Delaney said that it will be a “little bit awkward” if the province opts out of the HST deal early. He laid the blame squarely on the B.C. Liberals, saying, “It’s stupid that we have to do this, but that’s their fault for being idiots.”

      {poll node='340478'}{/poll}




      Aug 26, 2010 at 6:50am

      It doesn't matter how long it takes. In the meantime the elite, big business and mult-nationals will enjoy our hard earned money while we suffer poorer medical services, education, social services, higher taxes on items not taxed previously. We will pay more tolls for bridges we could have and should have paid for with our hard earned tax dollars. Instead that money is give away to a few. Insanity!


      Aug 26, 2010 at 6:55am

      There is also the legality of the way the tax was implemented. If it was done illegaly then, by law there should be no tax. If that is true then there should be no long legal wrangling to do, simply set up a repayment schedule.

      Ed Anderson

      Aug 26, 2010 at 7:21am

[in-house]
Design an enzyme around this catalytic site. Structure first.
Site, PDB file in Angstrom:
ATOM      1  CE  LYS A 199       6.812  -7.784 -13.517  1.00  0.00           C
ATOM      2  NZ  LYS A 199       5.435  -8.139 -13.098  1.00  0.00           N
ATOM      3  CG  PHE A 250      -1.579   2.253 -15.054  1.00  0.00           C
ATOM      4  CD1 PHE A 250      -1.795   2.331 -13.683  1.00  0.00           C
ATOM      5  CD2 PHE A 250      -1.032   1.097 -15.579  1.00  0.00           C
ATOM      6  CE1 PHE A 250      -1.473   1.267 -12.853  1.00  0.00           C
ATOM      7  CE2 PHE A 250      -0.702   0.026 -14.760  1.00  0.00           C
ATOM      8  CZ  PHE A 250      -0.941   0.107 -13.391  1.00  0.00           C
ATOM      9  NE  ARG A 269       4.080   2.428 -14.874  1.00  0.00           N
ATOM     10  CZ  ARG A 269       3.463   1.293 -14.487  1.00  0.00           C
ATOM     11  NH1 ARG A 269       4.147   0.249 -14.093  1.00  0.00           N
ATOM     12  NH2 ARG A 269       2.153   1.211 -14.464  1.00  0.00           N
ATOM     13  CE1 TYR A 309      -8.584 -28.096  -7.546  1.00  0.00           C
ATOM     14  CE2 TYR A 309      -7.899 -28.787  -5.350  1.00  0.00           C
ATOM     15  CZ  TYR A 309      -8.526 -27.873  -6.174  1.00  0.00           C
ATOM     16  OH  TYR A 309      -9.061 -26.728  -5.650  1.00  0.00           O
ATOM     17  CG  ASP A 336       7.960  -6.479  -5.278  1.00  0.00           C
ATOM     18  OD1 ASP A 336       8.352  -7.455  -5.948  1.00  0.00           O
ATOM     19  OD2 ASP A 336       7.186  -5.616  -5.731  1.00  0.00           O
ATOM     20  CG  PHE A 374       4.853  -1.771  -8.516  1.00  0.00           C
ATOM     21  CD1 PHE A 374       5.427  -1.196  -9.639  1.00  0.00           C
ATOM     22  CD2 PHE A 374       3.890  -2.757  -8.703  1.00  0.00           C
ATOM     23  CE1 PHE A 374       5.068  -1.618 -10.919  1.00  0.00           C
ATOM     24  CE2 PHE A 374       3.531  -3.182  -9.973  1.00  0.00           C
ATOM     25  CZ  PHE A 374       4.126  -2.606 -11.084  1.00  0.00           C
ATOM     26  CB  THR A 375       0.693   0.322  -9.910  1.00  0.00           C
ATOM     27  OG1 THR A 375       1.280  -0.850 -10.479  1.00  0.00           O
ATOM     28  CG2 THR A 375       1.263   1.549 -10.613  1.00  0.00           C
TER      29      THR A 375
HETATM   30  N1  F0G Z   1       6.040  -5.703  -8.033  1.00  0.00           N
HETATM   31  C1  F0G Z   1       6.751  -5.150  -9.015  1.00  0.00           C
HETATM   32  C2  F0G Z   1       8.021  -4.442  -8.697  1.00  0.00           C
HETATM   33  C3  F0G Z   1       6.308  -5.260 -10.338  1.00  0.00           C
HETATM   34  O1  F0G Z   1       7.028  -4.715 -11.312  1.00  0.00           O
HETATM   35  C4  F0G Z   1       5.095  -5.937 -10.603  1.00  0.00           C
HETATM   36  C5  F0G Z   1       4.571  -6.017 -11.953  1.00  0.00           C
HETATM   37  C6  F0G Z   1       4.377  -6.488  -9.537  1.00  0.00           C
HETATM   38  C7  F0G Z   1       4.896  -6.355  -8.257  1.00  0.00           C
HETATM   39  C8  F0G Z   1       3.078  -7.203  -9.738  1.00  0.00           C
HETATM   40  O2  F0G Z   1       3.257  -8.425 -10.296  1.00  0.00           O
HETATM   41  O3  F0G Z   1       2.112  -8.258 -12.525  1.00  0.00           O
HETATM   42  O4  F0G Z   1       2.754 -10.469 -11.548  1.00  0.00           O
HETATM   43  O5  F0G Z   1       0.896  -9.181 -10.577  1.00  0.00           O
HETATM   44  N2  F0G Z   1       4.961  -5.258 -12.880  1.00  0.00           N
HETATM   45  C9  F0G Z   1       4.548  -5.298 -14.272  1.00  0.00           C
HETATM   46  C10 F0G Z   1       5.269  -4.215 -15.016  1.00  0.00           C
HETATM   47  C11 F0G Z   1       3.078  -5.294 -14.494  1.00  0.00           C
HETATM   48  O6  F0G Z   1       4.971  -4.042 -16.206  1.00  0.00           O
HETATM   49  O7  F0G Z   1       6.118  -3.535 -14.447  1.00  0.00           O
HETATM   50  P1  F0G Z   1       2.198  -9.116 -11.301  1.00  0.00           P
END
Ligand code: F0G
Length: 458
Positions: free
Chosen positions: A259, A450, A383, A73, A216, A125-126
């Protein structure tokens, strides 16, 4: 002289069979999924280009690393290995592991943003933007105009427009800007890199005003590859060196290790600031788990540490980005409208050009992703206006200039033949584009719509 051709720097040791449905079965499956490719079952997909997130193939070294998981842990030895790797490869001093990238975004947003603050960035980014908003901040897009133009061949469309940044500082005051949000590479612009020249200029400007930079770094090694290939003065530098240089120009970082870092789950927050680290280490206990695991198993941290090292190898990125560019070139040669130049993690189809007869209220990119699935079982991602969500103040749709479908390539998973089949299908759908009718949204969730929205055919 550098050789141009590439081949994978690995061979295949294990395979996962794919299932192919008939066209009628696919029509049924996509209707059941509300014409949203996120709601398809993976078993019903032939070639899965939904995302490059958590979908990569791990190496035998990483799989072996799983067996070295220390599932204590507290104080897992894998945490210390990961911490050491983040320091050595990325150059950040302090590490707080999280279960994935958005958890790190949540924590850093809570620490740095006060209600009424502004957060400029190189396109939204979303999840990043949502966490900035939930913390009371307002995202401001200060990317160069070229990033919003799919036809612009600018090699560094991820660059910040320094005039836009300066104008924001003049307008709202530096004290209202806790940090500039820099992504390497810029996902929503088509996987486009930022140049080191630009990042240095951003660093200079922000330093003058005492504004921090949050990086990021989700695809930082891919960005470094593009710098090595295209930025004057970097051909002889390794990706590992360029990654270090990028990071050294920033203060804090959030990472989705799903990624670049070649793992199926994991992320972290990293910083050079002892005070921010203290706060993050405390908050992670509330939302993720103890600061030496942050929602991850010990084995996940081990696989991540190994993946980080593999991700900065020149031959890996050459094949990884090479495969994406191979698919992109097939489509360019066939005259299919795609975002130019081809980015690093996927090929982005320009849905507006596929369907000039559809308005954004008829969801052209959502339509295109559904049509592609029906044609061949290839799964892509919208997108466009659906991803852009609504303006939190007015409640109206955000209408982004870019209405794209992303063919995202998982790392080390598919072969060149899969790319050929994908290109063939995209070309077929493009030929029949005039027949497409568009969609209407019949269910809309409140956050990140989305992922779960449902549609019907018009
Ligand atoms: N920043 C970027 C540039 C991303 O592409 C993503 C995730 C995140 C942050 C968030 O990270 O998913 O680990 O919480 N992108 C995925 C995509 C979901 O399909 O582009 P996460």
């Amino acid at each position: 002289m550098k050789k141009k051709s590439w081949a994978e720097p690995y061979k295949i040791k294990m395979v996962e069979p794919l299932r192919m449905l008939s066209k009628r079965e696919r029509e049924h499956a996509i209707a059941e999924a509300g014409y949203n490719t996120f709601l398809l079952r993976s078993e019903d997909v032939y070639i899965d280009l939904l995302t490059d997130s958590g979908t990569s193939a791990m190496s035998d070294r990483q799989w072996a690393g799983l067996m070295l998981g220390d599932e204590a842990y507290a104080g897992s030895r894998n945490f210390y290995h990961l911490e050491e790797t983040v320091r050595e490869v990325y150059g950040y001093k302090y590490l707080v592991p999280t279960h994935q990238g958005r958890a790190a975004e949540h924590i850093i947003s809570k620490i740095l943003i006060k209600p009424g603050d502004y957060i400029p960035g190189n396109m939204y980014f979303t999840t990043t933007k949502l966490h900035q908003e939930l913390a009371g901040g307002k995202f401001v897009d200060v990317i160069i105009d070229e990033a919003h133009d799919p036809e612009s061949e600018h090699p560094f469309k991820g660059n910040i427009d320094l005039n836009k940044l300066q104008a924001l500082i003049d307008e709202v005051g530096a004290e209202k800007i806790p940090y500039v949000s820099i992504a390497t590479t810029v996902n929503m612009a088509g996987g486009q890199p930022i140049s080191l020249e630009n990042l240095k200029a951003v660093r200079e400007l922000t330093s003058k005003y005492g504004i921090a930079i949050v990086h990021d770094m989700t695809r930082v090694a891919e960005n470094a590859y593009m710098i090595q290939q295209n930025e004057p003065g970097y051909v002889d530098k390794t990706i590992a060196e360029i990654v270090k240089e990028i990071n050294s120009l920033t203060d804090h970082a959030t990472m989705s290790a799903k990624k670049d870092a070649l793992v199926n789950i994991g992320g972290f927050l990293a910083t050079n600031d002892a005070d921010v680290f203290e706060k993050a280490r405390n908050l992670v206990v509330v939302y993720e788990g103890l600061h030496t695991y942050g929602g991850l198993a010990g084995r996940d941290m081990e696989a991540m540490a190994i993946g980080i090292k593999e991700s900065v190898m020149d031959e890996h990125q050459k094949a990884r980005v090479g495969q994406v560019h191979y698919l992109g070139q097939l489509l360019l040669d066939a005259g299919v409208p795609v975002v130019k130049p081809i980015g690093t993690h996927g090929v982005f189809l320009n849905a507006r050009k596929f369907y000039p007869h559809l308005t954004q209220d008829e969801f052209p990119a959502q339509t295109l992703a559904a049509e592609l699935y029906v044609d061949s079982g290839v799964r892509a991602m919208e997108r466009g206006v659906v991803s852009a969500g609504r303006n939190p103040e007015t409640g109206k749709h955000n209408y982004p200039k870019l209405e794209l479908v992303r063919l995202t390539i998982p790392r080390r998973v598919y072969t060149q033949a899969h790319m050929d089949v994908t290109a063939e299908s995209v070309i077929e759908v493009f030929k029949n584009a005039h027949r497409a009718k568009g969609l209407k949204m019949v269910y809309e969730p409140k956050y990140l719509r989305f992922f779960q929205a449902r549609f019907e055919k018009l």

The problem with this current Govt System is that if the public starts an initiative it's not BINDING on govt. The second problem is if a govt messes up, the following govt which gets into power is not responsible for cleaning up the mess. NO accountability. The third problem is the HST was implemented by Ottawa through Colin Hansen and Gordon Campbell. This in itself is unconstitutional if you look at section 92 & 93 of the BNA act of 1867 says that it's upto the province to implement taxes and the taxes need to be put back into the Provincial and Municipal economies. Federal Govt has no jurisdiction over forcing taxes on provinces.4th Problem is The People were not informed of all the specifics of this HST tax like the 5 year contract so it's not full disclosure to the public. This is nuthing more than the tactics of Military Regimes on a need to know basis. However don't dispare! We have a plan that has been working for over 150 Years in Switzerland . It's called Direct Democracy where the public gets to vote on any and all Legislation before it gets passed or vetoed by the people. Also the people become the soul authority of their province and define and limit their govt powers. then the people deal directly with Ottawa and only pay for services Rendered like RCMP , Fisheries for example. We are the BC Refederation Party and we want to put you the people into power. http://refedbc.com/siteB/